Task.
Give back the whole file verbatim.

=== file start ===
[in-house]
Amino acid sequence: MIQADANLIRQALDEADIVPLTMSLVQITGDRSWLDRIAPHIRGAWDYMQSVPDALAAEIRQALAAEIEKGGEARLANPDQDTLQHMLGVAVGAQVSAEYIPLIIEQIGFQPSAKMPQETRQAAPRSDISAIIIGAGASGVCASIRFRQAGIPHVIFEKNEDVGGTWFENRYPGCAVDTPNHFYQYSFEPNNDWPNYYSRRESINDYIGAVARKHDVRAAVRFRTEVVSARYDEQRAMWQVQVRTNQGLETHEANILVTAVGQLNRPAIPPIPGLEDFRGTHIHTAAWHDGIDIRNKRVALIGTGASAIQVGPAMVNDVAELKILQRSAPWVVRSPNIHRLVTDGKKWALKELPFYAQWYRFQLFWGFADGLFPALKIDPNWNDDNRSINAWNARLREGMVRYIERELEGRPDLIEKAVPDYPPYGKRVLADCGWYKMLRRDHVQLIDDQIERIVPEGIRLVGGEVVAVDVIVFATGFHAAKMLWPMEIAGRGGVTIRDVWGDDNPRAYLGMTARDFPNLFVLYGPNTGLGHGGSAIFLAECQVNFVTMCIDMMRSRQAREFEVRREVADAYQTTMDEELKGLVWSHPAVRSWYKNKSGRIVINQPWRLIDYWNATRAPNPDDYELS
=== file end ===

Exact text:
[in-house]
Amino acid sequence: MIQADANLIRQALDEADIVPLTMSLVQITGDRSWLDRIAPHIRGAWDYMQSVPDALAAEIRQALAAEIEKGGEARLANPDQDTLQHMLGVAVGAQVSAEYIPLIIEQIGFQPSAKMPQETRQAAPRSDISAIIIGAGASGVCASIRFRQAGIPHVIFEKNEDVGGTWFENRYPGCAVDTPNHFYQYSFEPNNDWPNYYSRRESINDYIGAVARKHDVRAAVRFRTEVVSARYDEQRAMWQVQVRTNQGLETHEANILVTAVGQLNRPAIPPIPGLEDFRGTHIHTAAWHDGIDIRNKRVALIGTGASAIQVGPAMVNDVAELKILQRSAPWVVRSPNIHRLVTDGKKWALKELPFYAQWYRFQLFWGFADGLFPALKIDPNWNDDNRSINAWNARLREGMVRYIERELEGRPDLIEKAVPDYPPYGKRVLADCGWYKMLRRDHVQLIDDQIERIVPEGIRLVGGEVVAVDVIVFATGFHAAKMLWPMEIAGRGGVTIRDVWGDDNPRAYLGMTARDFPNLFVLYGPNTGLGHGGSAIFLAECQVNFVTMCIDMMRSRQAREFEVRREVADAYQTTMDEELKGLVWSHPAVRSWYKNKSGRIVINQPWRLIDYWNATRAPNPDDYELS